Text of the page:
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One Woman's Opinion

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1965: A year in Japan: Part 7

by Mary Wakefield Buxton
Part 1Part 2Part 3Part 4Part 5Part 6

Urbanna, Va.— It was now January, 1964 and husband Chip had been accepted to the College of William and Mary Law School to start in September. But President Johnson, expanding the Vietnam War, was talking of “freezing” all military, which meant Chip would not be able to attend law school when his 4 years of Navy duty ended over the summer and he would have to stay on his ship.

I felt at the time as so many military people do . . . that we were caught like flies in a spider’s web and that we were totally in the hands of politicians. Our very lives were on hold and it was a horrible, helpless feeling.

Meanwhile, life was a continuing learning experience in Japan. I discovered there was a Shinto shrine right next to our home. I first noticed stone steps up the mountain at the rear of our house and I would see women dressed in traditional Japanese kimonos going up and down the steps.

I decided to go up the steps to see what was there. To my amazement I found a Shinto shrine at the top of the hill. Already exposed to the great Buddha shrine in Kamakura, I still knew nothing about Shintoism. There was no Google in those years, but only the U.S. Naval Base library in Yokosuka for resources.

I learned the term “religion” was not the proper word for Shintoism. “A Way of Life” was a better way to describe it as there were definite nationalistic and patriotic overtones to Shintoism, which were very different from our fundamental American belief of separation of church and state.

Shintoism originated long before Buddhism or Christianity. It started as a primitive religion that explained the origins of Japan and its people based entirely on the feeling of “awe” one felt at a particularly beautiful site of nature. Examples were a mountain, lovely rock formation, waterfall, majestic tree, etc. Eventually, these sites where people experienced these aesthetic feelings became sacred, and soon shrines and temples were built on such sites to honor their beauty. 

It was believed that “Kami” (object or force of nature) dwelled in these inspirational sites and people began to visit the shrines to pay their respect to the gods. Sometimes the original beauty which inspired the shrine may have long ago disappeared but I imagined the shrine next to our house, which was now hidden by overgrown trees was certainly built because of the majestic view of Sagami Bay and Mount Fuji on the distant shore. It fascinated me that without knowing about Shintoism, I chose this site to live for the same breathtaking view, just as people had thousands of years ago.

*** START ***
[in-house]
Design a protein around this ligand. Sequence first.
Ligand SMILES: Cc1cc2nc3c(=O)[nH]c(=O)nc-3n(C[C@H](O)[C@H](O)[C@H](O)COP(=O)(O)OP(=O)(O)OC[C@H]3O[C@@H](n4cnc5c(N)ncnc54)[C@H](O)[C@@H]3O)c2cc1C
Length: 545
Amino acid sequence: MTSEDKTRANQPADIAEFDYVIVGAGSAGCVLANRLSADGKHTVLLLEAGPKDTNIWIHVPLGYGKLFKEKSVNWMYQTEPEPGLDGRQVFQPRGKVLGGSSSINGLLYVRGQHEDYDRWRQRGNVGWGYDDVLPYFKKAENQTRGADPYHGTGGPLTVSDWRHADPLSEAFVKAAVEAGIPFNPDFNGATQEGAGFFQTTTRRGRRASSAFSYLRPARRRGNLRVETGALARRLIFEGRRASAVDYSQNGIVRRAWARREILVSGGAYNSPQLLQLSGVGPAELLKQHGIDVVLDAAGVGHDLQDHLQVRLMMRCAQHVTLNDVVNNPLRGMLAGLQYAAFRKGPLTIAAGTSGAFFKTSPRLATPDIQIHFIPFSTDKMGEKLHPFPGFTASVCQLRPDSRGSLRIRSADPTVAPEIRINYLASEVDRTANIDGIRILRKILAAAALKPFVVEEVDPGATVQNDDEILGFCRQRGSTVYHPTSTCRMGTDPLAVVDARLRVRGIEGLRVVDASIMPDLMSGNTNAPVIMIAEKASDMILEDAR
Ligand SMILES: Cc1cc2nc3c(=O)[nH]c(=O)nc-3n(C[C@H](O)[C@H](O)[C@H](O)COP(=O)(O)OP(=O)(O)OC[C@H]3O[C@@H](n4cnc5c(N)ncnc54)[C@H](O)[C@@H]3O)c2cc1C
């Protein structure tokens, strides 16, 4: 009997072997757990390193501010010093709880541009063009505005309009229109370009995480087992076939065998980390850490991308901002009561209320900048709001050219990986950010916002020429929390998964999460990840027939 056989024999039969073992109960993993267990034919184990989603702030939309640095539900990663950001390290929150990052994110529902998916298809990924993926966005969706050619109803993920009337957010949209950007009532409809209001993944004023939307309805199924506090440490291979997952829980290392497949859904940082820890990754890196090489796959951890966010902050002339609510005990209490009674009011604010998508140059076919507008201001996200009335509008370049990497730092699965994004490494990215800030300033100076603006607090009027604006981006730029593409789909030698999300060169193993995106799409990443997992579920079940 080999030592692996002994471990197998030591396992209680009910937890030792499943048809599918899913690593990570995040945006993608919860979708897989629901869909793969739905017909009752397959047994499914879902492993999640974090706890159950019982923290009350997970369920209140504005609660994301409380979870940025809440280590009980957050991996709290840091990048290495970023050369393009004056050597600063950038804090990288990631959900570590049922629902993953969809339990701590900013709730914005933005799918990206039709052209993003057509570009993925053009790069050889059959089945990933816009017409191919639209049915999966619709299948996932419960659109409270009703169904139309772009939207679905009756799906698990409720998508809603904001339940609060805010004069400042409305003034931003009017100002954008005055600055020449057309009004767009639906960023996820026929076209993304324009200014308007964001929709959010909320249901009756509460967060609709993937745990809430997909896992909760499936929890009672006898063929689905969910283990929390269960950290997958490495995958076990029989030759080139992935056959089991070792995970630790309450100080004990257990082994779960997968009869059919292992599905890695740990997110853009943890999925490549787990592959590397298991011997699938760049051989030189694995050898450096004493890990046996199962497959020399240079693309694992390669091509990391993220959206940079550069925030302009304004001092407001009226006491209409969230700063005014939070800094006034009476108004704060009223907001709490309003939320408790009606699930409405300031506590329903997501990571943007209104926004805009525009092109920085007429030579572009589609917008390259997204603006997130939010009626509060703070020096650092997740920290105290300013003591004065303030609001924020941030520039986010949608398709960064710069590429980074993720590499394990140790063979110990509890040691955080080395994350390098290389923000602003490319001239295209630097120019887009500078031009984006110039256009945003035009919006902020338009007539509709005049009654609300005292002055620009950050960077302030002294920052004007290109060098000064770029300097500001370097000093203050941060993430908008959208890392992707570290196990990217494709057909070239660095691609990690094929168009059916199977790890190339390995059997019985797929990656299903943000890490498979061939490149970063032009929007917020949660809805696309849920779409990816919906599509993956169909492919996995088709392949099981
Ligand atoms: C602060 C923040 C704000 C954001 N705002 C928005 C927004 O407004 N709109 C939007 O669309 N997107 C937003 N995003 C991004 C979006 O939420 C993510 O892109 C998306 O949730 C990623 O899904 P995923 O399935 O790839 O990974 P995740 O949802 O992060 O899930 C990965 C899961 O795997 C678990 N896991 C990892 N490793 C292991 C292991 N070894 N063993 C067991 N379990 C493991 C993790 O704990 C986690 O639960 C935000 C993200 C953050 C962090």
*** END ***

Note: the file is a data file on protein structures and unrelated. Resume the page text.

Shintoists believe when a person dies his spirit continues to live on earth although invisible to mortal eyes. The spirits of prehistoric Imperial ancestors became known as sacred or supernatural, and also took on the meaning of “Kami.” Consequently, the Emperor of Japan was not only the head of the state, but was also the official high priest of Shintoism. 

He came to be looked upon as a god. At one period of the history of Japan he was considered so sacred that he wasn’t even allowed to show his face to the public. The Emperor was a prisoner in his own palace! (What a sad predicament for a “god” to find himself in!) After WWII, however, the Emperor announced he was not a descendant of God.

Shinto has no creed or doctrine, as Buddhism or Christianity has, nor does it offer rewards or punishments after death. This is why it is easy to be a Shintoist or Buddhist or Christian at the same time. Our chaplain from the USS Mars explained this “dualism” posed great difficulty with Christian missionary workers. They converted the Japanese into Christians but could not convince them to remove the “Kami shelf,” which was a family shrine located a few inches below the ceiling in the living room. These family items were dedicated to some ancestor of the Imperial family, i.e., local guardian spirit, and family ancestors. Perhaps expecting the Japanese to do away with Kami shelves would be like asking Americans to give up television.

My exposure to other world religions was having a definite impact on me. I was beginning to understand all people in the world had a religion or belief system of some sort to explain mystery and origin of life as best they could according to knowledge of the times. I saw that Shinto expression of the Japanese people was similar to Old Testament Bible accounts of the Jewish people.

How tragic differences of religion have triggered such bloodshed across the centuries. If only we could understand our differences are simply cultural and not a reason for warfare. Life in Japan quickly taught me that developing tolerance and respect for another man’s beliefs were the keys to peace.


posted 05.03.2018

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